July 28, 2008

Blessed John Soreth (Priest)

1394-1471 – Optional Memorial - July 28

John Soreth was born near Caen in Normandy in 1394 and entered the Carmelite house there. Ordained priest around 1417, he became a doctor of theology in Paris in 1438 and then regent of studies there. He was Provincial of the French Province from 1440-1451 and Prior General of the Order from 1451 until his death.

Blessed John Soreth was persistent in his efforts at renewal, during what was an especially critical period for both the Church and the Order. He stressed the obligations of poverty, solitude, and fidelity to the religious vows. He dedicated himself entirely to the reform of the Order, traveling across Europe, making canonical visitations, preaching against abuses and excessive privileges, which were destroying community life and promoting a more faithful observance of religious life both in the older Provinces and convents and in the Mantuan Reformed Congregation. Soreth was a gentle and sympathetic person, quietly urging his men, encouraging them to a more dedicated form of life. But despite his compassion and his vigorous efforts at reform, his admonitions were generally unheeded. He wrote a commentary on the Rule, his Expositio paranetica, and published new revised Constitutions in 1462.

His most enduring accomplishment was the foundation of the Carmelite nuns, and the Carmelite Third Order. His efforts with the Third Order seemed to parallel his work with the Second Order. His rule attempted to follow the broad outlines of the Rule of St. Albert, and there is marked insistence upon his constant theme: continual prayer. He prescribes fast and abstinence for the tertiaries, and obliges them to recite the Little Office of the Blessed Virgin, which could be commuted into a number of Paters and Aves. A unique factor of Soreth's rule, distinguishing it from all other third orders, was the profession of a vow of obedience and a vow of chastity according to one's state of life. Soreth's practice of the two vows for secular members endured throughout the centuries, and today Carmelite tertiaries are the only Third Order secular members in the Church who pronounce vows.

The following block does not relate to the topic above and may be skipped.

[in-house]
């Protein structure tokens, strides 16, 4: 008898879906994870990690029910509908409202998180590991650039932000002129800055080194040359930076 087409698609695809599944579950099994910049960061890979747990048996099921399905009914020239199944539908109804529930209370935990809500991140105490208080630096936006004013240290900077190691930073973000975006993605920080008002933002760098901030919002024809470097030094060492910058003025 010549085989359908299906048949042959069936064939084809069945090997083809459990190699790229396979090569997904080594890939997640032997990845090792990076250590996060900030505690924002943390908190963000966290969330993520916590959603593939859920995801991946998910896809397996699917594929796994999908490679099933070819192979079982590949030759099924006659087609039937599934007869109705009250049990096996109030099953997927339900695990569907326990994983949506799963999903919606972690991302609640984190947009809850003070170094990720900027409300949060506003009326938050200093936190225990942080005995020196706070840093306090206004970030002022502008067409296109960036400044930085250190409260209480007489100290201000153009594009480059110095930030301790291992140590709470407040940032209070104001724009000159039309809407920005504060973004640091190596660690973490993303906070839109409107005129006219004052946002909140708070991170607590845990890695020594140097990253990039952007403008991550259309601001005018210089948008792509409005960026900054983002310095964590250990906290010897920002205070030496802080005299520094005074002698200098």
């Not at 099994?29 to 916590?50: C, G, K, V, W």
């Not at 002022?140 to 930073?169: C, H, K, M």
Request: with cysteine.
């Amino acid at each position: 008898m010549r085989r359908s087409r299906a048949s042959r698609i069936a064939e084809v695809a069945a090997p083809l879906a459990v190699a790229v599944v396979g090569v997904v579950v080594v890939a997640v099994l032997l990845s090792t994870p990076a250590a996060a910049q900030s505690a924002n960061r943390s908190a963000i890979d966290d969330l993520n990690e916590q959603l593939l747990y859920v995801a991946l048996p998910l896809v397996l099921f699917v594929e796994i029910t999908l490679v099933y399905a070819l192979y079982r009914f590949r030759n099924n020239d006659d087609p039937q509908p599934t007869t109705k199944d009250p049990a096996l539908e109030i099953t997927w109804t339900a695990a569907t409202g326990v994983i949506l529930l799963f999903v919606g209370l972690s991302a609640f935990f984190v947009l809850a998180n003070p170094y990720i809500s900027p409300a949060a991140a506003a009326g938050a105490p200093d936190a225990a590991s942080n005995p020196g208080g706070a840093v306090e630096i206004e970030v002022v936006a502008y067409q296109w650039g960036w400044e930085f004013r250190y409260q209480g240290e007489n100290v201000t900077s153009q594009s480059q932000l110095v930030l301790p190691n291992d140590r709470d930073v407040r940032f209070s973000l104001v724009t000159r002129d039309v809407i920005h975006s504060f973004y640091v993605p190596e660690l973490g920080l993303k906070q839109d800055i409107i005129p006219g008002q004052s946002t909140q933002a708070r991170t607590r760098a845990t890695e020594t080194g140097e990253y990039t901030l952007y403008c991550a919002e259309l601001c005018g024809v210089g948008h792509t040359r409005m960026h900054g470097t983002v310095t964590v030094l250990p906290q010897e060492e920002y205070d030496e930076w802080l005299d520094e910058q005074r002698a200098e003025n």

He died at Angers on the July 25th, 1471 and the Carmelite, Baptist Spagnoli, the famous humanist, wrote a funeral song for him. He is called blessed and Pope Pius IX officially recognized his religious group in 1866. His feast is celebrated on July 28th.

2 comments:

  1. Bless John Soreth!!!

    ReplyDelete
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